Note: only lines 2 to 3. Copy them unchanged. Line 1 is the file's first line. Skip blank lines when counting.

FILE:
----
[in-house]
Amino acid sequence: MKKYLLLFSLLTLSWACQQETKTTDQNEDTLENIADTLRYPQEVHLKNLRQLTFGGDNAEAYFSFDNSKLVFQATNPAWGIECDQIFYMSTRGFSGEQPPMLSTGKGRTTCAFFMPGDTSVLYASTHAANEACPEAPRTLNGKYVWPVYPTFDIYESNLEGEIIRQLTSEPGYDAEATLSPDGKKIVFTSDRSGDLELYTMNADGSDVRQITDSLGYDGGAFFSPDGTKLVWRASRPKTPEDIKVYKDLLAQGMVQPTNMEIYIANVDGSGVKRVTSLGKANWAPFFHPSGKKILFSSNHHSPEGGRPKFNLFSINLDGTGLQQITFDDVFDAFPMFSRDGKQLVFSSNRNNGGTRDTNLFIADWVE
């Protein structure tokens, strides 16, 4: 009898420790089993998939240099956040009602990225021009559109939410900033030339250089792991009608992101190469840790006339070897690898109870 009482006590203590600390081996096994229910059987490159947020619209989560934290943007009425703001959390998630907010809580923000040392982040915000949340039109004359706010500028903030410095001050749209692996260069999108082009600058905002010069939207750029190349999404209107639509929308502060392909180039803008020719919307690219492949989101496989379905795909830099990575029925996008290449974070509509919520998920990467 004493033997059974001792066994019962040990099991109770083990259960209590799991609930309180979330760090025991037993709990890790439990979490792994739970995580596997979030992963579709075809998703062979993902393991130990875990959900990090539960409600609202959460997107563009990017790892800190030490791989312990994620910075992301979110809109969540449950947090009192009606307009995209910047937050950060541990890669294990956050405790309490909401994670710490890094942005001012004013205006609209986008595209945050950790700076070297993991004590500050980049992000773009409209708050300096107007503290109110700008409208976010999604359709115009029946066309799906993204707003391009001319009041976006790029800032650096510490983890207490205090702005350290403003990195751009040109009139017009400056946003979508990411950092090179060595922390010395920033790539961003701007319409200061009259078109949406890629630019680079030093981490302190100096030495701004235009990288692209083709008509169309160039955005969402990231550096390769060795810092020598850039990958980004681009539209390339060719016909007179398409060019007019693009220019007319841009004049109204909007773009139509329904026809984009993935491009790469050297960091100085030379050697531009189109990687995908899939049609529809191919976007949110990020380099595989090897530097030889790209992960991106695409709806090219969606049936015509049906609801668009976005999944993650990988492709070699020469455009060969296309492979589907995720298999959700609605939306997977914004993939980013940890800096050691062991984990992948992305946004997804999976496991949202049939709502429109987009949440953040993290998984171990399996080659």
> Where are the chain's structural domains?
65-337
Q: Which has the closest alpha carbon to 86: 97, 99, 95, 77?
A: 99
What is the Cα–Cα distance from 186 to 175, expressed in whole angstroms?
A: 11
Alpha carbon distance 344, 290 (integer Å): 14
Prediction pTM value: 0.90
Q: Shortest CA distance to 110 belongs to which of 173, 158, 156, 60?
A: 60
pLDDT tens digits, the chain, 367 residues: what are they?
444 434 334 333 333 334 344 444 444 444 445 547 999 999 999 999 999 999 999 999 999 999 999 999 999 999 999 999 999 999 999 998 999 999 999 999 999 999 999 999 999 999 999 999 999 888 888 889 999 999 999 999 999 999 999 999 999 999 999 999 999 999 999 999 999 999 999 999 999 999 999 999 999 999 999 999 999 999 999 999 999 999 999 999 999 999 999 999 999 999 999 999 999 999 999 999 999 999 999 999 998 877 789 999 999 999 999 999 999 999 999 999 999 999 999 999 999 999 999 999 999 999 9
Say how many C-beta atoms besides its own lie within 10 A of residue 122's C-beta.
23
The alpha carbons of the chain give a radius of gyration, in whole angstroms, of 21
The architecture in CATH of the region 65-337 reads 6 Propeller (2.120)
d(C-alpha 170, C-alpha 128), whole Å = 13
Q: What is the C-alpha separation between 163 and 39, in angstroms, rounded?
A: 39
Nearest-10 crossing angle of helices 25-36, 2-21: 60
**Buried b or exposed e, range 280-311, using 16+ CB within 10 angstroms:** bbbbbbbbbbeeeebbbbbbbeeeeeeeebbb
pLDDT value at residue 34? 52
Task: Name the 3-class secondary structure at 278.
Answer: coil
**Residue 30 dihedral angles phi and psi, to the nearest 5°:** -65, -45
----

Amino acid sequence: MKKYLLLFSLLTLSWACQQETKTTDQNEDTLENIADTLRYPQEVHLKNLRQLTFGGDNAEAYFSFDNSKLVFQATNPAWGIECDQIFYMSTRGFSGEQPPMLSTGKGRTTCAFFMPGDTSVLYASTHAANEACPEAPRTLNGKYVWPVYPTFDIYESNLEGEIIRQLTSEPGYDAEATLSPDGKKIVFTSDRSGDLELYTMNADGSDVRQITDSLGYDGGAFFSPDGTKLVWRASRPKTPEDIKVYKDLLAQGMVQPTNMEIYIANVDGSGVKRVTSLGKANWAPFFHPSGKKILFSSNHHSPEGGRPKFNLFSINLDGTGLQQITFDDVFDAFPMFSRDGKQLVFSSNRNNGGTRDTNLFIADWVE
């Protein structure tokens, strides 16, 4: 009898420790089993998939240099956040009602990225021009559109939410900033030339250089792991009608992101190469840790006339070897690898109870 009482006590203590600390081996096994229910059987490159947020619209989560934290943007009425703001959390998630907010809580923000040392982040915000949340039109004359706010500028903030410095001050749209692996260069999108082009600058905002010069939207750029190349999404209107639509929308502060392909180039803008020719919307690219492949989101496989379905795909830099990575029925996008290449974070509509919520998920990467 004493033997059974001792066994019962040990099991109770083990259960209590799991609930309180979330760090025991037993709990890790439990979490792994739970995580596997979030992963579709075809998703062979993902393991130990875990959900990090539960409600609202959460997107563009990017790892800190030490791989312990994620910075992301979110809109969540449950947090009192009606307009995209910047937050950060541990890669294990956050405790309490909401994670710490890094942005001012004013205006609209986008595209945050950790700076070297993991004590500050980049992000773009409209708050300096107007503290109110700008409208976010999604359709115009029946066309799906993204707003391009001319009041976006790029800032650096510490983890207490205090702005350290403003990195751009040109009139017009400056946003979508990411950092090179060595922390010395920033790539961003701007319409200061009259078109949406890629630019680079030093981490302190100096030495701004235009990288692209083709008509169309160039955005969402990231550096390769060795810092020598850039990958980004681009539209390339060719016909007179398409060019007019693009220019007319841009004049109204909007773009139509329904026809984009993935491009790469050297960091100085030379050697531009189109990687995908899939049609529809191919976007949110990020380099595989090897530097030889790209992960991106695409709806090219969606049936015509049906609801668009976005999944993650990988492709070699020469455009060969296309492979589907995720298999959700609605939306997977914004993939980013940890800096050691062991984990992948992305946004997804999976496991949202049939709502429109987009949440953040993290998984171990399996080659």